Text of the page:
In this video, legendary speaker designer Andrew Jones describes the process for designing his latest speaker, the SourcePoint 10 from MoFi Electronics.

Jones talks about the 10 inch bass drivers, his thought process and why he decided to include a frame on the front of the speaker.

For more information, visit the link below:
https://www.mofielectronics.com/sourcepoint10

You can see this video and more on the Hi-Fi+ YouTube Channel, such as Tea Time with Alan and Pete.

Hi-Fi+ Editor Alan Sircom and Publisher Pete Collingwood-Trewin talk about what’s happening in the high-end audio world.

Tea Time with Alan and Pete is just one of several new series on the Hi-Fi+ YouTube channel designed for audiophiles of all levels.

Another series is History of Audio, which aims to teach viewers a little about the History of Audio, which might be a trip down memory lane for many. It also hopes those who watch will learn from the varying experiences of other audiophiles through their trials and tribulations with different equipment.

While you’re on our YouTube channel, be sure to check out our Audio Basics series. So far, this series has covered what makes a great stereo system and how to find a great stereo system.

Soon, you can find reports from manufacturers at audio shows from around the world. You can see the likes of Aurender, Focal Naim, AudioThesis, Schiit Audio, and Magnepan, just to name a few. Right now, you can see what debuted at AXPONA 2022 and a bit from the Texas Audio Roundup, including background on the Magnepan LRS+. You can also see videos from Pacific Audio Fest in Seattle, CEDIA 2022 in Dallas, and you’ll see reports from Capital Audio Fest coming next month.

You can also see additional product reviews as well as more from the Warsaw Audio Video show and Capital Audio Fest on the hi-fi+ YouTube channel coming soon.

Be sure to subscribe to the YouTube channel so you don’t miss any episodes!

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Devialet Mania: 360-degree sound?

Devialet Mania, a hifi portable speaker

*From the Devialet news release

Introducing Devialet Mania, our first-ever high fidelity smart speaker to translate our signature sound purity into a portable form. Once you get a taste, it will be impossible to listen on-the-go any other way.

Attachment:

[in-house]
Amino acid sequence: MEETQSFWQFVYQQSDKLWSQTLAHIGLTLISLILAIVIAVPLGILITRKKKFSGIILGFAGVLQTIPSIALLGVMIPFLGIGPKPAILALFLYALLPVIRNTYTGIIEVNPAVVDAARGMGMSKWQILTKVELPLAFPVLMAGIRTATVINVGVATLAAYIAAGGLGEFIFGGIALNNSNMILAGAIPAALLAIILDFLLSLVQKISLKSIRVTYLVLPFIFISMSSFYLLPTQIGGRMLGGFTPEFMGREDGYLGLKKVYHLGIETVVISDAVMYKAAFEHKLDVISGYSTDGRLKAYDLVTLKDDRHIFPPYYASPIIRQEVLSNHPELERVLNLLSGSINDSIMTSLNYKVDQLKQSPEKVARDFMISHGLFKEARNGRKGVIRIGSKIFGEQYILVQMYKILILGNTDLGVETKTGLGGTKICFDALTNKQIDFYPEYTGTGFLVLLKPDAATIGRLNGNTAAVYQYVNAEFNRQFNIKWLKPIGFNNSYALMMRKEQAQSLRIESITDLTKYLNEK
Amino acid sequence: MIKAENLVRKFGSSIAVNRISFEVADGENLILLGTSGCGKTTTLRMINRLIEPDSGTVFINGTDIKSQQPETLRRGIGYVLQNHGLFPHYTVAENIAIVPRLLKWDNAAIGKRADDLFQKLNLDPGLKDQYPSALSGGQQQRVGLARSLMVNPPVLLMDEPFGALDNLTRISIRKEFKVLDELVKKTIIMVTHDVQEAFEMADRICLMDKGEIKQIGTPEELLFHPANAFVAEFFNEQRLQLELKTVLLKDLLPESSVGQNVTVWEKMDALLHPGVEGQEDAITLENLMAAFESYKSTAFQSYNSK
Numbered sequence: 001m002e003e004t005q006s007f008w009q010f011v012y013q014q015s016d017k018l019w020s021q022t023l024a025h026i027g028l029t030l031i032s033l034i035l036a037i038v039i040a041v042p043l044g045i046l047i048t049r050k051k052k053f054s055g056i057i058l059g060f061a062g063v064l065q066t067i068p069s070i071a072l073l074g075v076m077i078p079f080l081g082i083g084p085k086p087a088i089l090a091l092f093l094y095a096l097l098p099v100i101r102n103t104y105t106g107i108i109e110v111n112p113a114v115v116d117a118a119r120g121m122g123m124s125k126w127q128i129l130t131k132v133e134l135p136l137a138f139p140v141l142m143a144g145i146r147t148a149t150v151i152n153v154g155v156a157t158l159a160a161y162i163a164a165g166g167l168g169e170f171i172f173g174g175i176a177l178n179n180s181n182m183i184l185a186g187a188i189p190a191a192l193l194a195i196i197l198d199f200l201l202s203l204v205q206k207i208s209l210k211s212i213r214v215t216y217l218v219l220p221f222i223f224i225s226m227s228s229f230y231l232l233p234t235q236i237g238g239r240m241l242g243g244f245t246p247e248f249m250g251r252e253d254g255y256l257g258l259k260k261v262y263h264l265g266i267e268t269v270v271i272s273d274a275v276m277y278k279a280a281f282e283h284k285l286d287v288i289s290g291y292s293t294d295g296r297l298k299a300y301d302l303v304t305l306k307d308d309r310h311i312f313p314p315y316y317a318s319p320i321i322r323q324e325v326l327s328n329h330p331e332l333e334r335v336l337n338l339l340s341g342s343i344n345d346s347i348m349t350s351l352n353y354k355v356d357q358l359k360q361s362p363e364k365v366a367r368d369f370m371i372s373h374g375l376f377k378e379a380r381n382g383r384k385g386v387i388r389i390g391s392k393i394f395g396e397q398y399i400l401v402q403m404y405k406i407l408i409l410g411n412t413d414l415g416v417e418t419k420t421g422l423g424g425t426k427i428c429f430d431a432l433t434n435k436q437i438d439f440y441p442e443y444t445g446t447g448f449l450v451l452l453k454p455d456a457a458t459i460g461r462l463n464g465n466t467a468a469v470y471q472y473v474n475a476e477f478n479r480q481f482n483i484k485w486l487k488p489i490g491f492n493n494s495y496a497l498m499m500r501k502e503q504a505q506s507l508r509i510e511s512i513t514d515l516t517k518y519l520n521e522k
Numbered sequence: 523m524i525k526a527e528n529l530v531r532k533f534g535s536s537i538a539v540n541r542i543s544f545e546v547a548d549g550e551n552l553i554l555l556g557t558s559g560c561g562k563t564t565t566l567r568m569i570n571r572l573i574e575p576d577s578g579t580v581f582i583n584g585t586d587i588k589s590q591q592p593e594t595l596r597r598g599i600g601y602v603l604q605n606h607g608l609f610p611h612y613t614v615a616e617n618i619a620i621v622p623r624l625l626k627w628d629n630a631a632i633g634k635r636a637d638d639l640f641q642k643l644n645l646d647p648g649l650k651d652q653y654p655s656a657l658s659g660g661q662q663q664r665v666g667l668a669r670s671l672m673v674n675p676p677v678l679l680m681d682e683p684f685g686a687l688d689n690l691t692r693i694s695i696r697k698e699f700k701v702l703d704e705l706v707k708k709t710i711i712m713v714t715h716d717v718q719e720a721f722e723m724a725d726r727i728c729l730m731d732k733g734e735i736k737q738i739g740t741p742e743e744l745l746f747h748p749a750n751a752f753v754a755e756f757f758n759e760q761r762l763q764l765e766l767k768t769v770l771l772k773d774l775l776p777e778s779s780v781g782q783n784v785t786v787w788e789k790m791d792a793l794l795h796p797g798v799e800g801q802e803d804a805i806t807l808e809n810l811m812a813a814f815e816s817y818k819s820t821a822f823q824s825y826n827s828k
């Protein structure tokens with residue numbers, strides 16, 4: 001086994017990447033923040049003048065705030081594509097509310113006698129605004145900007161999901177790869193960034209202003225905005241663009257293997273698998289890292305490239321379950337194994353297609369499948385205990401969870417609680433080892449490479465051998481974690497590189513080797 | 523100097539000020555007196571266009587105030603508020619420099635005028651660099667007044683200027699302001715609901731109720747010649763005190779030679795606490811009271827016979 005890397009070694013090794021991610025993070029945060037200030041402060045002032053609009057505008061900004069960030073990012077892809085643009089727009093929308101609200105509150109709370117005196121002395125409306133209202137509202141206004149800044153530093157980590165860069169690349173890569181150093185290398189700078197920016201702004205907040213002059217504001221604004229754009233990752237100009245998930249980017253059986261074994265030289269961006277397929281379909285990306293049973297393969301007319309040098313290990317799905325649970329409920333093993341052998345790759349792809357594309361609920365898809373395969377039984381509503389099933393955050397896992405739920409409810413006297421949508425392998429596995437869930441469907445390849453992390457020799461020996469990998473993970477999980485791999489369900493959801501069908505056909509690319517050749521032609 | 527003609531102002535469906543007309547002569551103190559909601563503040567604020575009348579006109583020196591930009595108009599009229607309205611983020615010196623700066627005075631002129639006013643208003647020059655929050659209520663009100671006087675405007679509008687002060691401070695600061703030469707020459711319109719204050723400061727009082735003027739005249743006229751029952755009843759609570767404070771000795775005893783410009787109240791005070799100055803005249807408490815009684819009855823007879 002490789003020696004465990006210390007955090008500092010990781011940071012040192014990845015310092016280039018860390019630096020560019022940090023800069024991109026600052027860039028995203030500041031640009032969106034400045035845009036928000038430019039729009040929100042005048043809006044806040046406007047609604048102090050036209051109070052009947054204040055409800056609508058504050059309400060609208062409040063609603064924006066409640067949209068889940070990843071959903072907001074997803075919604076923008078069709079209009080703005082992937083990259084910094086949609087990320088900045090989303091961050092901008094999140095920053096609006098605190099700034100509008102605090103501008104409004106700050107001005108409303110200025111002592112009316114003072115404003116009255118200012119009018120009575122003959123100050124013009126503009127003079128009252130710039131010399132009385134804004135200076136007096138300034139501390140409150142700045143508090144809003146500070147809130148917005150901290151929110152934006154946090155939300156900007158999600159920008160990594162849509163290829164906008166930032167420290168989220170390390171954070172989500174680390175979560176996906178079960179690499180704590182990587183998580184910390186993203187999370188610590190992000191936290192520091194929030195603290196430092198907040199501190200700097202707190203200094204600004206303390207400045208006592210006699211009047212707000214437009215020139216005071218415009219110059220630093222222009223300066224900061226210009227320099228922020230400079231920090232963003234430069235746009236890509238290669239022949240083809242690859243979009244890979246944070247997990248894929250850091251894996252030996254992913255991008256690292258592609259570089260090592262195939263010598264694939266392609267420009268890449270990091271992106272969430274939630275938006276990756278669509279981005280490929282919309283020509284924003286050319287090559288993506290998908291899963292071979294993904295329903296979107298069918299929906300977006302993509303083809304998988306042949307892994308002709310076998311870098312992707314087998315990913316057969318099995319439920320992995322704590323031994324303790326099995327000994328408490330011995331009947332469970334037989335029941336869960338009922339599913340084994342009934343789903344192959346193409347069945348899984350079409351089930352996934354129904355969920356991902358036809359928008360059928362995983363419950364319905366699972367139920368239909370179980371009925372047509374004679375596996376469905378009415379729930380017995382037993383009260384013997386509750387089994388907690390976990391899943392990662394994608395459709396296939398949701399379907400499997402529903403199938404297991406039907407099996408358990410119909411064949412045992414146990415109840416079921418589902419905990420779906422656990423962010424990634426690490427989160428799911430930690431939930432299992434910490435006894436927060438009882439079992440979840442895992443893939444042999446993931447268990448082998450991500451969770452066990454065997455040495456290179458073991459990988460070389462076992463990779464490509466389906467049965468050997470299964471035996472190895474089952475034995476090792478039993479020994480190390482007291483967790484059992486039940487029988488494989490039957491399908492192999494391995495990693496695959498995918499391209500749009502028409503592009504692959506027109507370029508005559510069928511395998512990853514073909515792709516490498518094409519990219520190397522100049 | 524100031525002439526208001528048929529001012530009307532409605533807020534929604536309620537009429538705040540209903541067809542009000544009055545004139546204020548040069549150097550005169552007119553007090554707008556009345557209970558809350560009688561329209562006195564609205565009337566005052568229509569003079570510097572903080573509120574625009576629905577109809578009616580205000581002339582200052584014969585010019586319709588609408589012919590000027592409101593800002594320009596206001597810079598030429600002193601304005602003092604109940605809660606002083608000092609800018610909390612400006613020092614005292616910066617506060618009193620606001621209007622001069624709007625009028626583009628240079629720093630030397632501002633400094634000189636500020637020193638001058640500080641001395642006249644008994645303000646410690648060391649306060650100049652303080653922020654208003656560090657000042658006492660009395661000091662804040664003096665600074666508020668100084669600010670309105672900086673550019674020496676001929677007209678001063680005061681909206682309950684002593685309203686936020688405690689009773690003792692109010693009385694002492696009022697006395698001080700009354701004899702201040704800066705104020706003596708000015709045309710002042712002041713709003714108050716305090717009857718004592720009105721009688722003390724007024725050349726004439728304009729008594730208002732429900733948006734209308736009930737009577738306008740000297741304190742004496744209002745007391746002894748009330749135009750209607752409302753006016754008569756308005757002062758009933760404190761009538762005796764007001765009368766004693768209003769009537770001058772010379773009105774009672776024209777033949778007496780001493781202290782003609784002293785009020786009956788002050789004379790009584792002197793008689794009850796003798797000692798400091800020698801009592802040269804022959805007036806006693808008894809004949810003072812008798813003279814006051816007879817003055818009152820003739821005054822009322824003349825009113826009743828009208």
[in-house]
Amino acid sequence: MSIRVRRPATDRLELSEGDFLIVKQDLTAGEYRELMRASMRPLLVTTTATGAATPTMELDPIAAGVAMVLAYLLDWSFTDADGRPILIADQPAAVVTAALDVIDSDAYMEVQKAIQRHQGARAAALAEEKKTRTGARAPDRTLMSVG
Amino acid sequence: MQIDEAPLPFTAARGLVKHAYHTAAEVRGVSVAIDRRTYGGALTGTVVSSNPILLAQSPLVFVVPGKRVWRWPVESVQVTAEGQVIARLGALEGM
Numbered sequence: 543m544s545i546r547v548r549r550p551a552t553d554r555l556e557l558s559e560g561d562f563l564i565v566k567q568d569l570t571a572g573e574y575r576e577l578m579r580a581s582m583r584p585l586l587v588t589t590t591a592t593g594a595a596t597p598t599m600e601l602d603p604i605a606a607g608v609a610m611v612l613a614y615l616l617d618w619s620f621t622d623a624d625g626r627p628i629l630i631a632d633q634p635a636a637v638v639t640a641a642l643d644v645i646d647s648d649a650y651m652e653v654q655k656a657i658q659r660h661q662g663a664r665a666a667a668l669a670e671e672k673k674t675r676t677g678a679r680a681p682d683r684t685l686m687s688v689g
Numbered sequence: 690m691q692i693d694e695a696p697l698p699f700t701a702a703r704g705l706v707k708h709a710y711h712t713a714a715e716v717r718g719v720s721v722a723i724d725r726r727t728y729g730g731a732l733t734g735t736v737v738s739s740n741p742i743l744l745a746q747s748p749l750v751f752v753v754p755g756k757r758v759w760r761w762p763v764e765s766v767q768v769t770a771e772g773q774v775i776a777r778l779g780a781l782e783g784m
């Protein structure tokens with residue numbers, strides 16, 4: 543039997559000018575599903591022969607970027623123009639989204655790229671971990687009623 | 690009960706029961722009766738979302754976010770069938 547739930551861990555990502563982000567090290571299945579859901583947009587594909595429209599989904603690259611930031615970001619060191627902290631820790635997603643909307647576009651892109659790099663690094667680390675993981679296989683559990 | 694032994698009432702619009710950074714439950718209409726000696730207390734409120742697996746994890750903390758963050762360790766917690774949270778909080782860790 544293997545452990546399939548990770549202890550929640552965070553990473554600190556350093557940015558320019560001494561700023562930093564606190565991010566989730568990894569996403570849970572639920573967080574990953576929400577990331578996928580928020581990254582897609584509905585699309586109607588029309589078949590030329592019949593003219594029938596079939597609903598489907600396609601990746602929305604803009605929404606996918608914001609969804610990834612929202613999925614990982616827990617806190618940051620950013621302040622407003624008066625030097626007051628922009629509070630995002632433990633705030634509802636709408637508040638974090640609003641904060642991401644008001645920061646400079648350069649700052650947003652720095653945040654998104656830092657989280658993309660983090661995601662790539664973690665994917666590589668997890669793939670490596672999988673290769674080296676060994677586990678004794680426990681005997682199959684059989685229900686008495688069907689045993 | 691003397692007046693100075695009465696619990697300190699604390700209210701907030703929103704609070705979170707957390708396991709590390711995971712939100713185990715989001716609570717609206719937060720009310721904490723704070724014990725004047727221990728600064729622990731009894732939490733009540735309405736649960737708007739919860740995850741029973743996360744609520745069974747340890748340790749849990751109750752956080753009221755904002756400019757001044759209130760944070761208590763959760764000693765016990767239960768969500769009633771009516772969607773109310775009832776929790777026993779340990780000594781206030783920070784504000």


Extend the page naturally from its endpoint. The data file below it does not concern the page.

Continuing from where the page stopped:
Capable of unleashing powerhouse, expansive soundstage, Devialet Mania is the only portable speaker with adaptive 360° stereo sound. Revel in a sound that morphs to your surroundings, sparking a sensory frenzy wherever you go.

Transcend the limits of your space. With Devialet Mania, Devialet’s iconic aesthetic has morphed into portable speaker form. A handle for ease of movement. An IPX4 splash-resistant rating for resilience. And Devialet’s first built-in battery for up to 10 hours of wireless streaming. Experience pure infatuation with augmented listening that leaves a lasting impression.

Sturdy and soft, fused. Devialet Mania boasts visible push-push woofers and a co-spherical design. A luxurious woven skin swathes its exoskeleton, which in turn protects the technologies held within. Make it your focus, tuck it away, take it outdoors— it was designed to sublimate any setting, any moment.

Let Devialet Mania adapt to your environment and revel in the experience. Its real-time acoustic mapping technology, ASC – Active Stereo Calibration, taps four-room calibrating microphones and embedded intelligence capabilities to allow it to automatically evolve the audio rendering based on its surroundings.

It took us four years to translate our signature sound purity into portable form, and Devialet Mania is the culmination: a 30-20,000 hertz range, bass that you can feel in your bones, and sound that is nothing short of obsession-inducing. Succumb to its sound quality once and you’ll never kick the habit.

The portable speaker was engineered to homogeneously diffuse stereo sound in every direction. Move around your space. You’ll enjoy the same immersive listening experience no matter your position.

Get your hands on Devialet Mania Station, an add-on wireless charging dock so you can charge up without being tied down. Note that Devialet Mania Opéra de Paris edition package comes with a complimentary Devialet Mania Station.

For more information, click here.

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PMC twenty5.26i loudspeaker Review: Bass producing vents?

PMC twenty5.26i as reviewed by Jason Kennedy, who talks about the vents on the front that produce bass through a transmission line from the drivers to the vents.

You can see this video and more on the Hi-Fi+ YouTube Channel, such as Tea Time with Alan and Pete.